Have you even standing up at the plate staring out at the pitcher, or on the
mound nervously looking at your catcher for a sign and wanted to hide? Just maybe crawl under the
plate, or peel back the pitching rubber and slip underneath for a bit and let someone else deal
with the situation?
There is a slight smile on my face while I'm writing this because I can't tell you how many times
those thoughts had occurred to me while playing through college and professionally. But, for every
one of those quick moments of despair, confusion, uncertainty, or dread, I've had dozens of high
quality confident thoughts. And this is the key and the topic of this article. The ratio of high
quality to low quality thoughts needs to be significantly greater if you are looking to maximize
your talent and fully understand the mental game
It’s quite simply actually when you step back from a situation and analyze it. An athlete can only
have one of two different kinds of thoughts while in a performance. They are either high quality
thoughts or low quality thoughts. Let me define both.
High quality thoughts: These are positive and forward thinking thoughts that are
designed to build confidence and positive expectedness. High quality thoughts usually remain in the
present tense (while in a performance) and help an athlete rise to a challenge. For example, "I
will hit (present tense) this pitcher for a double in the gap", or "There is no chance this batter
hits me now (present tense)". It’s important to always control your thinking in the present. Future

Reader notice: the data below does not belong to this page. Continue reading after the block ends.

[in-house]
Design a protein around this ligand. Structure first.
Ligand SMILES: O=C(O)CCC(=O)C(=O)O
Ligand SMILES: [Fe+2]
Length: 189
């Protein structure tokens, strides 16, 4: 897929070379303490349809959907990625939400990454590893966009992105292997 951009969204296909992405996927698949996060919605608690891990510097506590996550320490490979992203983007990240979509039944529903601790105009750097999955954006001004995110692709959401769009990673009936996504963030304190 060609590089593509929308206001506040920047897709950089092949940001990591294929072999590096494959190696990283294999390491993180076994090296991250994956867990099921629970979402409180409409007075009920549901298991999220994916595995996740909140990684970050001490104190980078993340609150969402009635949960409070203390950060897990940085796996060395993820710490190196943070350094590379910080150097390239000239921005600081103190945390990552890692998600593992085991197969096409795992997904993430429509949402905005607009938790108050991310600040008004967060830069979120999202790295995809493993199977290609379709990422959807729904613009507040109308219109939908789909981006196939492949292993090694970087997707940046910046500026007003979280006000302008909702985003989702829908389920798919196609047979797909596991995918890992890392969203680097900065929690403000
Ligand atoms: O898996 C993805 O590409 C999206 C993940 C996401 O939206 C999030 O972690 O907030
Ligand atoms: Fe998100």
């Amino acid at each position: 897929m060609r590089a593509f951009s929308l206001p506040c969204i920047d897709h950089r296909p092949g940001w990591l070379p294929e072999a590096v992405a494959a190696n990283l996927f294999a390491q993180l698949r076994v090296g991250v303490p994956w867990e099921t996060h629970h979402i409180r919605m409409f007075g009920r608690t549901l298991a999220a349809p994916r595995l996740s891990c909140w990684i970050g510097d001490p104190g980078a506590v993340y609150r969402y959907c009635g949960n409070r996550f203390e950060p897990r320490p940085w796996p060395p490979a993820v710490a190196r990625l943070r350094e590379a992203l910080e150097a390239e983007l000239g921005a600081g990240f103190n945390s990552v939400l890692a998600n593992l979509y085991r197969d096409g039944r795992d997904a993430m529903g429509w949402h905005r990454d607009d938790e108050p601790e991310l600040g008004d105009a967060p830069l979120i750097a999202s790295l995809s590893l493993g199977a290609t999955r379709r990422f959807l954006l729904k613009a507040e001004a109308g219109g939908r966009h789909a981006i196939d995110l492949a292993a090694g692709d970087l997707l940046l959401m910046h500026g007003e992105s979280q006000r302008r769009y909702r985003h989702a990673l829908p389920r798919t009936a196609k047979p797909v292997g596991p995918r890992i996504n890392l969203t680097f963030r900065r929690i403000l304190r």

and past thinking is where low quality will thrive.
Low quality thoughts: These thoughts are negative in nature and do absolutely
nothing to help an athlete succeed. Unfortunately, the more an athlete is struggling, the more
prevalent low quality thoughts can be found circulating in this mind. These thoughts are disease
ridden and can affect a performance tremendously. Examples of low quality thoughts include, "I hope
I don't strike out (future tense)", or "I really can't believe I walked that guy (past tense)."
Now that I have defined these term and you now have an awareness of the two types of thinking, the
question is how to add it to your game.
1. Prevent any speech that has anything negative in nature about a performance. Negative talk can
be directed towards oneself, others, the game, the length of practice, conditioning, or a myriad of
any other situations or things. Effectively eliminating this type of low quality speech will reduce
the amount of time the mind will choose to access these poor thoughts when in tough situations that
are high pressure.
2. Use focus points. When the mind is fully focused on any given object, there is no ability for
additional thoughts to pass through the mind. Therefore, training should be given to hitters to
have them focus on a piece of the plate for a second as they step up to the plate. A pitcher may
pause briefly before the wind up on the stare at a place in this glove or a seam on the baseball.
This brief moment of 100% focus will dismiss any poor thinking occurring within the athlete and
allow him to train his focus to the present tense and the task at hand.